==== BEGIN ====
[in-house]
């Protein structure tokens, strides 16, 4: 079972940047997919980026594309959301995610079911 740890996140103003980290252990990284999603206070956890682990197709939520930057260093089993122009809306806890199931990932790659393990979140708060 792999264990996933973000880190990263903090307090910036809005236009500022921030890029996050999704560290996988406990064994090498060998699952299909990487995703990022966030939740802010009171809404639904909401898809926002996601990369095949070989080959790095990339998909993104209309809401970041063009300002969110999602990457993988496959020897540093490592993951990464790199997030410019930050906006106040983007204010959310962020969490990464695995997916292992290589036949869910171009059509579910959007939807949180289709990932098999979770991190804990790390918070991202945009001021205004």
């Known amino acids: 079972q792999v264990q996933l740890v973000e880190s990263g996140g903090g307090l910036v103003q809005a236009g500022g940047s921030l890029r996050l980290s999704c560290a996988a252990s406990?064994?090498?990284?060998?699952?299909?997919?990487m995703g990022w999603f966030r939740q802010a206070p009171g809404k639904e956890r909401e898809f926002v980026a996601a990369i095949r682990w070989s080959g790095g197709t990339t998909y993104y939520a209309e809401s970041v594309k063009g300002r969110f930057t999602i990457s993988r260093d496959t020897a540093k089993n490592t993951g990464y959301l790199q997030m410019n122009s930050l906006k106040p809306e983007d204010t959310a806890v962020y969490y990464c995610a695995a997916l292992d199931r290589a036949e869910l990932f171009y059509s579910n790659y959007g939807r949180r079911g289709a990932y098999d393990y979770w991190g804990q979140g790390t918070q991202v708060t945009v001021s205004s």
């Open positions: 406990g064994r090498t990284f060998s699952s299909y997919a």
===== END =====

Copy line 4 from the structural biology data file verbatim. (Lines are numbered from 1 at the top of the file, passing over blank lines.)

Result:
């Open positions: 406990g064994r090498t990284f060998s699952s299909y997919a």